Labour talking of extending Capital gains Tax to family businesses and farms

by Cameron Slater on August 21, 2017 at 11:00am

How do you know that Labour is thinking they are about to win the election?

They are talking openly about soaking you for more taxes.

The Labour Party says it won’t rule out extending a new capital gains tax to the sale of a family business or farm.  

Its finance spokesperson, Grant Robertson, said it was unfair that property speculators could make profits buying and selling without being taxed.

Labour has ruled out taxing the sale of the family home, but, speaking on TVNZ’s Q + A, Mr Robertson wouldn’t rule out taxing other family concerns.

“What we want to do is to address the fact that we’ve got a huge imbalance in our tax system between hardworking people who go to work every day and pay their taxes and people who are speculating in the property market who don’t … what we’re not prepared to do is shy away from hard issues.”

Labour hates people working hard, sometimes over decades and then selling their business or farm. They ignore the years of going without, they ignore the huge financial risk of farming and business…no, they just want to soak the “rich”.

If Labour are prepared to soak people for daring to sell their family business or farm, how long before they change tack and soak you for selling your house?

Labour really are the party of taxes.

Labour’s dodgy Art deals and the Anti-Money Laundering and Countering Financing of Terrorism Amendment Bill

by Cameron Slater on August 22, 2017 at 9:30am

This bill will amend the Anti-Money Laundering and Countering Financing of Terrorism Act 2009 so that the core obligations will also apply to real estate agents, lawyers, accountants, conveyancers, the New Zealand Racing Board, and some high-value dealers, and also establishes the Department of Internal Affairs as the relevant anti-money laundering and countering financing of terrorism supervisor for these entities.

High Value Dealers you say?

That would definitely include high value art dealers and art auctioneers.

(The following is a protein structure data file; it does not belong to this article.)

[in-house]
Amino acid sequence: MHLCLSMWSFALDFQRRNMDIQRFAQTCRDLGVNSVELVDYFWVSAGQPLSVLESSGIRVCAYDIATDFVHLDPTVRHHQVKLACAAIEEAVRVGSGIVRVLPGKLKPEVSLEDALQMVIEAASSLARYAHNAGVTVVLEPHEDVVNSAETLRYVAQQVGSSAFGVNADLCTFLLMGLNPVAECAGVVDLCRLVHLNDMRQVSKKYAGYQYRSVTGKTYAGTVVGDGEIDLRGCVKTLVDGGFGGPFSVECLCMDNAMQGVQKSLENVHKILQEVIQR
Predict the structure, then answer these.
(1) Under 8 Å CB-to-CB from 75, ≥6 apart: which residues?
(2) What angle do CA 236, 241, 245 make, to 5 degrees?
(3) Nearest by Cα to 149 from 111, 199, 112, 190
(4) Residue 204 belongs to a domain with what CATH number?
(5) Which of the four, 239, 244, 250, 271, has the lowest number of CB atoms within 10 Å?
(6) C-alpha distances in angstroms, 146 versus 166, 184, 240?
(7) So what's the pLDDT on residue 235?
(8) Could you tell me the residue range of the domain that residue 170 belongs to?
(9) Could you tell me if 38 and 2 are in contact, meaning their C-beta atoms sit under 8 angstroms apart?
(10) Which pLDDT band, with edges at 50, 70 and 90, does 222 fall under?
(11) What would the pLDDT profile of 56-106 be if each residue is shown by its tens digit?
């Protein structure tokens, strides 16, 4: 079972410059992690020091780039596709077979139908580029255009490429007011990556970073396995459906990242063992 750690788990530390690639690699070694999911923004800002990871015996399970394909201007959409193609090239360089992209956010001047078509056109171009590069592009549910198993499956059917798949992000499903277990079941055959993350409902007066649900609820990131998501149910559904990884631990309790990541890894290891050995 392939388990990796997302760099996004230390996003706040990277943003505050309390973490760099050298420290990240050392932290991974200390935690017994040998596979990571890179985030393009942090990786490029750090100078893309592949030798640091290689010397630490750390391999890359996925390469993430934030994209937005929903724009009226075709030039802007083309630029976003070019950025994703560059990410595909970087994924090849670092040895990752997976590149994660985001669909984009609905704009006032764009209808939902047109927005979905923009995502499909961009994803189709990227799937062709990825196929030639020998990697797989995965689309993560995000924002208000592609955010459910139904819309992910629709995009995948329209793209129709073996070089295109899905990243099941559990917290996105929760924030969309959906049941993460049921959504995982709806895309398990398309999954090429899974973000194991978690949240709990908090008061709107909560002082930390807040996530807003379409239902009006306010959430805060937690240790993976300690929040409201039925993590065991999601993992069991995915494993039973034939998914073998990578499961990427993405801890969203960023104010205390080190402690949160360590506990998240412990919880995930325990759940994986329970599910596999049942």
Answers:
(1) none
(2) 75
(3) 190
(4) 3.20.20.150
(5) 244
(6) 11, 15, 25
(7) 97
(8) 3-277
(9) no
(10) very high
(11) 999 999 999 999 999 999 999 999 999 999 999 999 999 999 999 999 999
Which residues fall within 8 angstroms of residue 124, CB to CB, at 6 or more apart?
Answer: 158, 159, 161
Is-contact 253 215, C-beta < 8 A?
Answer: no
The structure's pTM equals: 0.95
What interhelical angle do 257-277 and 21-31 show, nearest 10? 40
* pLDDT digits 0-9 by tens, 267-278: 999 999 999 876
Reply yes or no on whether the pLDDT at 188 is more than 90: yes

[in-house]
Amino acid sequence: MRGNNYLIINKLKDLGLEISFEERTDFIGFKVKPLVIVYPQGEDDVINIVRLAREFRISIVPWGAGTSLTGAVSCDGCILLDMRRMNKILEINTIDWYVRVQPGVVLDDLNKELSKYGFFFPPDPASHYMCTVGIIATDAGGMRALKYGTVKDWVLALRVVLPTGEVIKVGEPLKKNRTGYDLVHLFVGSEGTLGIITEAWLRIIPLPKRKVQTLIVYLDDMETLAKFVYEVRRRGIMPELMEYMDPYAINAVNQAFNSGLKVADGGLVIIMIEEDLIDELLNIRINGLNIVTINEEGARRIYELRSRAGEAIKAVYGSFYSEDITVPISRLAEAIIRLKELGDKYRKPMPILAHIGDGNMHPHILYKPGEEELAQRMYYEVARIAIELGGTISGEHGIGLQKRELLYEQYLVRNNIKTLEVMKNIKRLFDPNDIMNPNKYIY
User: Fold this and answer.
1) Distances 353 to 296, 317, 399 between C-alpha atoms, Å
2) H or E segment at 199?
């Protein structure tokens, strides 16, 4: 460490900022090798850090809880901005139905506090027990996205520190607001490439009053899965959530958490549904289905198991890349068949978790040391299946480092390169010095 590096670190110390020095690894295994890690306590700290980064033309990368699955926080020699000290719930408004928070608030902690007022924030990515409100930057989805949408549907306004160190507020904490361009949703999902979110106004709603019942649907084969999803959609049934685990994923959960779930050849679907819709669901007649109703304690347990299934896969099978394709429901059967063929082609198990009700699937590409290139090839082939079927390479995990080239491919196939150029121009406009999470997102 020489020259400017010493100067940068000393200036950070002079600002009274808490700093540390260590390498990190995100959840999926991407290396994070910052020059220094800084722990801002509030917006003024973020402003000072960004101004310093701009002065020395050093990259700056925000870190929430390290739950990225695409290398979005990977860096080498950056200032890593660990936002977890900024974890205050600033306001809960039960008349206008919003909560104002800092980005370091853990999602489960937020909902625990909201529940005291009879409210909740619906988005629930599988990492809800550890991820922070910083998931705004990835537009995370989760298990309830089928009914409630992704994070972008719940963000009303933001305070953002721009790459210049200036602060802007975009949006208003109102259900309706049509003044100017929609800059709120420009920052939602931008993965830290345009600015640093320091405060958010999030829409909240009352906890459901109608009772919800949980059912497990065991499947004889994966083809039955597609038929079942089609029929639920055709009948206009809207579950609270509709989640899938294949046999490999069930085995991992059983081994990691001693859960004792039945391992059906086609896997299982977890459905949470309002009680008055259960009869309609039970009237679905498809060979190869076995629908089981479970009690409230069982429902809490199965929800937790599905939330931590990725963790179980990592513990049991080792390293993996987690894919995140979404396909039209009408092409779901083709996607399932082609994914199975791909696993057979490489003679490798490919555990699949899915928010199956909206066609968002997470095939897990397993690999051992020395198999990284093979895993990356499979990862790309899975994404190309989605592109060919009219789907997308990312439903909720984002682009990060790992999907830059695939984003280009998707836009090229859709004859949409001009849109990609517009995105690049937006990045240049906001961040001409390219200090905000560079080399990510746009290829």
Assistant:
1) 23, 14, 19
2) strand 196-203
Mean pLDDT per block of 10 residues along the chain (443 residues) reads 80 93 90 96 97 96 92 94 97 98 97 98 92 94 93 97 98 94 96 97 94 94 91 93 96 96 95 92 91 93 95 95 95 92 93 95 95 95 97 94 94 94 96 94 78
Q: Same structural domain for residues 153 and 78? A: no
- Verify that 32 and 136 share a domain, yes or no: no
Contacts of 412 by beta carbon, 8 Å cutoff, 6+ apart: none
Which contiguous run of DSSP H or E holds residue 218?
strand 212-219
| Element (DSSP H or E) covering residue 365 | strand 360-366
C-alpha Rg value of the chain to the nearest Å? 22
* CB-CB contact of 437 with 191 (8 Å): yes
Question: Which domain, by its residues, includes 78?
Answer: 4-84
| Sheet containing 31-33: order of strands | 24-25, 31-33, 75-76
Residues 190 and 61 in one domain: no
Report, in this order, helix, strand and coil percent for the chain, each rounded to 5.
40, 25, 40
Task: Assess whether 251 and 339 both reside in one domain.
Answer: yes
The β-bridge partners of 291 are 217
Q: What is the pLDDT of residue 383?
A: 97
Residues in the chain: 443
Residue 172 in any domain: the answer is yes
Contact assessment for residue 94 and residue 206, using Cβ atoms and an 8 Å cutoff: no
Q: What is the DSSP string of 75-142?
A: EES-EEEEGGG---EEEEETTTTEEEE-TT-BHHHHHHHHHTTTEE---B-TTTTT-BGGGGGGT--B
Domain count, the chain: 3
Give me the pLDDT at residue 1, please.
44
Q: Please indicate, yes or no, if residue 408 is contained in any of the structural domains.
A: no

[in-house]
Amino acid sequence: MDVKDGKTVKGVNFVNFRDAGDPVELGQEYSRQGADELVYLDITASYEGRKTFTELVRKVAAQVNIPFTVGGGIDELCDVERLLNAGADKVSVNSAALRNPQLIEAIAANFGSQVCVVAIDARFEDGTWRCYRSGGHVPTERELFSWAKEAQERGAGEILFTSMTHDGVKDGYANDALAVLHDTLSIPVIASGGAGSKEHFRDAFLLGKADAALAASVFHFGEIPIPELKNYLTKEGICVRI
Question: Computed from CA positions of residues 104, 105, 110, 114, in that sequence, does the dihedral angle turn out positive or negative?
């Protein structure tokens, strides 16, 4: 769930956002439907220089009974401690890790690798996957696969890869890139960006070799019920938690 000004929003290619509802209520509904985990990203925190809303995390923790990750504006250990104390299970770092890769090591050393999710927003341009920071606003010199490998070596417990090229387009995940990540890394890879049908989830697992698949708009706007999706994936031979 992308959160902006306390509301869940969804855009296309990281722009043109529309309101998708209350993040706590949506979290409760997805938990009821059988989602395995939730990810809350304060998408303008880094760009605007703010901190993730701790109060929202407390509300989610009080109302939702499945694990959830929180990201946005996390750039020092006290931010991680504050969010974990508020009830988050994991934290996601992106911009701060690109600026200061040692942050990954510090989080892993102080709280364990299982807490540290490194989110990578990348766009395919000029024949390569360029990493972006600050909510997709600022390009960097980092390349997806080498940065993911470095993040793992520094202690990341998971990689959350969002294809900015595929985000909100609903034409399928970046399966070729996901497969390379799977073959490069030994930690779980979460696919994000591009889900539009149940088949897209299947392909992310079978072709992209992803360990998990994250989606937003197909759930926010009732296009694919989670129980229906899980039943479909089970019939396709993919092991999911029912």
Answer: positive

Do we have another repeat of Labour’s usual penchant for trying to sneak more money in without letting the law get in the way?

Labour laundering their donations despite calling for transparency

by Cameron Slater on August 21, 2017 at 8:30am

Labour, the party that brought us the Electoral Finance Act, has been busted laundering donations and misleading over who the true donors are:

The Labour Party is hiding tens of thousands of dollars in donations behind over-inflated art auctions – and naming the artists as donors instead of the secret individuals handing over the big bucks.

The artists had no idea the party was naming them as the donors – they never saw a cent of the money. They say their works are auctioned off at well above market value to wealthy benefactors who want to keep their support for the party secret.

Labour says the practice complies with electoral rules. But one party operative described the practice as “whitewashing” – a way to keep big donations private at a time when corporate contributions to political parties were falling because of public scrutiny.

“What’s the value of a painting?” the operative asked. “It’s hard to put a price on it, not like a car or an airfare or something that can easily be valued. But a painting can’t be valued, and that’s exactly how auctions are used to launder the money.”

Naming someone other than the true donor should be fraud. They are signing statutory declarations that the donations was received by someone who had no idea that they were named as a donor.

Labour has hosted at least three art auctions in the past year – two in Auckland and one in Wellington – selling pieces from esteemed artists such as Dick Frizzell, Bill Hammond and Judy Millar.

The works were assigned valuations before going under the hammer, where they sometimes sold for thousands of dollars more.

After sale, the values were recorded as party donations from the artist – even though the artist never saw the money and often had no idea what was going on.

The difference from any auction price remained secret unless it surpassed the $15,000 disclosure threshold. So, the party could sell a painting valued at $20,000 for up to $34,999 before anyone other than the artist was disclosed as a donor.

Two such artists have appeared on Electoral Commission returns this month, listed as giving donations exceeding $30,000. Neither had seen a cent of the money, and neither was aware the donation had been listed in their name.

That is just dishonest, misleading and thumbing their nose at electoral laws.

Wellington artist Karl Maughan provided Labour with two paintings for auction in the last year. He said he gave them to campaign staffer Barbara Ward, who works for Labour leader Jacinda Ardern.

“Once I’ve given them the painting, that’s it, I don’t have anything to do with it then,” he said.

Maughan said he was a Labour supporter and understood his paintings were being sold to raise funds, but questioned the transparency of the process.

“I didn’t know they used my name when declaring the donation,” he said. “I guess the donation should be in the person’s name who bought it because it’s their money.”

One of his paintings was listed as selling at auction last month for $36,000, he said, a “few thousand more” than it usually would.

Dead right. The real donor should be named.

Labour hasn’t yet declared who the donors were behind Matt McCarten’s slave Labour scam either.